After lengthy hiatus, Tool return with lackluster LP

After 13 long years, the great white whale of progressive rock and heavy metal has finally returned. Tool, long considered one of the greatest art rock bands to grace the airwaves of alternative radio in the mid-1990s to early-2000s, have just released their fifth album, “Fear Inoculum.” Yet, a gap in output this long raises the question: Was the wait worth it?

Tool is perhaps the most enigmatic and elusive band in modern rock. Currently comprised of Maynard James Keenan on lead vocals, Adam Jones on guitar, Danny Carey on drums and Justin Chancellor on bass, the group formed with the help of mutual friend Tom Morello, guitarist for legendary rap-rock outfit Rage Against the Machine, who introduced Carey to Jones. After Tool released their first EP, “Opiate” in 1992, the band began to generate buzz by completing successful tours with established and up-and-coming bands such as Rollins Band, White Zombie and Corrosion of Conformity. 

Following the success of “Opiate,” Tool went on to release four classic records in the alternative metal genre: “Undertow,” “Aenima,” “Lateralus” and “10,000 Days.” But after that, a lengthy hiatus began, during which Tool faced numerous setbacks such as lawsuits, band members sustaining injuries and the oft-cited creative disagreements. Each of the band members worked on personal projects in the meantime: Maynard James Keenan released several new albums for both his solo project Puscifer and the alternative metal supergroup, A Perfect Circle; Adam Jones collaborated with The Melvins and punk legend Jello Biafra of The Dead Kennedys; Danny Carey worked with Adrian Belew of prog-giants King Crimson; and Justin Chancellor played bass on the Death Grips track, “Disappointed.” 

But while Tool members kept busy, it is important to note how long of a hiatus 13 years is. To put it into perspective, in just eight years’ time, The Beatles produced their entire studio discography, a whopping 13 studio albums. And because none of Tool’s music was available for streaming until earlier this year, it seemed that the group was slowly being forgotten as time passed.

And yet, Tool has been able to maintain their momentum and popularity from their early years, which is nearly unheard of. Within weeks of its release, “Fear Inoculum” took over the number one spot on the Billboard Top 200, usurping the throne from Taylor Swift’s “Lover.” So, it is safe to say that the excitement from Tool fans alone is what is keeping this band alive.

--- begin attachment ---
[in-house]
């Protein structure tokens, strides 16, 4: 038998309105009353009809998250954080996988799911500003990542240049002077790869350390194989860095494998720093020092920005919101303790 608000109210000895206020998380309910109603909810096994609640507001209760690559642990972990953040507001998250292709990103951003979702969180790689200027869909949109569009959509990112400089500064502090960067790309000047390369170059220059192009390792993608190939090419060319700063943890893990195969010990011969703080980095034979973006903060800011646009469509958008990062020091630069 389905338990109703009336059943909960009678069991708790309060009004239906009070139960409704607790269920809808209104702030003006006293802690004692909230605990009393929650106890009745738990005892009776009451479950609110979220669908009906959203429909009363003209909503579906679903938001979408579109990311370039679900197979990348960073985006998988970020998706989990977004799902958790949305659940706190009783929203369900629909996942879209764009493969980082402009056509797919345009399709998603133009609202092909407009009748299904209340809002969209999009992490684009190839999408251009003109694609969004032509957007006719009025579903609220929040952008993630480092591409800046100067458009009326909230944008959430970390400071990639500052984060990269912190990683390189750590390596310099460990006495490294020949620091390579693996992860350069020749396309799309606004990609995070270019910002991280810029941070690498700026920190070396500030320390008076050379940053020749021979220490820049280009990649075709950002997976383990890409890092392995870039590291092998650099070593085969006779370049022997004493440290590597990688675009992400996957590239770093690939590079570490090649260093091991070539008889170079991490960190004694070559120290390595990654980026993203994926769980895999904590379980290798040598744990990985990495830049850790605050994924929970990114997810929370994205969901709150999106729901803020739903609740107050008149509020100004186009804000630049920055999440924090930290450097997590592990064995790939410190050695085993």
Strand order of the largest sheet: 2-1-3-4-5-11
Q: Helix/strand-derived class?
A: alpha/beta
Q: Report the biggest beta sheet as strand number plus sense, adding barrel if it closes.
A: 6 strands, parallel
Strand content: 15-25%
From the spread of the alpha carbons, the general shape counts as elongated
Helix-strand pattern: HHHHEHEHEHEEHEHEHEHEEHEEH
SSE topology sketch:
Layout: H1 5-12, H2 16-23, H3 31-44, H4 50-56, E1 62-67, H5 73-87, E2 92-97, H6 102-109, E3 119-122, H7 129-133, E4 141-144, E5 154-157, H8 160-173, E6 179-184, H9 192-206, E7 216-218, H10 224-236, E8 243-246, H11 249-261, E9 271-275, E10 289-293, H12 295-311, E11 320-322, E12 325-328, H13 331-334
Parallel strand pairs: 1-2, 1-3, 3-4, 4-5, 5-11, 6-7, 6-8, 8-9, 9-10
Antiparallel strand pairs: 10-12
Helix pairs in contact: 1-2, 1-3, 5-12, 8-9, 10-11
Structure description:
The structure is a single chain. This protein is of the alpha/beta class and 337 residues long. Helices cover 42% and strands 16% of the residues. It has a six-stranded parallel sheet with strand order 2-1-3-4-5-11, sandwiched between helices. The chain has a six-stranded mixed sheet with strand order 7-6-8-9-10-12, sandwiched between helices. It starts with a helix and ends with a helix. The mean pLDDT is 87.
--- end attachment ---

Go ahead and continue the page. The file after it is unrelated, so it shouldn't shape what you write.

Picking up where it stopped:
If only I could share in the excitement. I have never been much of a Tool fan—I’ve always found their style pretentious and overly complicated. While I believe that the members of Tool are some of the best musicians in today’s modern rock scene, the long-winded, rhythmically confusing and mystical aspects of the band’s songwriting have never truly resonated with me. The only album that I even partially enjoy from Tool’s discography is “Undertow,” because I connect more with the raw and aggressive energy that the band exhibited at the early stages of their career. However, I still decided to go into this album with an open mind.

“Fear Inoculum” opens with its title track, which was also released as a promotional single. At 10 minutes and 20 seconds, this song is one of the shortest on the record. With its polyrhythmic beat, ambient guitar sounds and Keenan’s slow, dramatic singing, “Fear Inoculum” drags on and on without really going anywhere. And, unfortunately, so do the rest of the songs on this project. The lyrics are so abstract and odd that I am unable to quote any of them, and the instrumentals are fairly bland compared to some of the heavy hitters in the band’s discography, like “Prison Sex,” or “Forty-Six and 2.” The only track I felt mostly positive about was “7empest,” which featured some of Adam Jones’ heaviest riffing in a long time. 

If Tool dedicated their incredible musical chops to something more energetic and exciting, similar to Iron Maiden or Megadeth, I might enjoy their music more. However, their musical proficiency—Adam Jones’ experimental yet polished guitar chops, Danny Carey’s incredibly tight drumming and Maynard James Keenan’s ever-resilient vocal prowess—is really the only aspect of their songs that I can appreciate. I respect Tool as a band and admire them for their devoted and loyal fan base, but for me, 13 years was too long to wait for an album of such lackluster quality.

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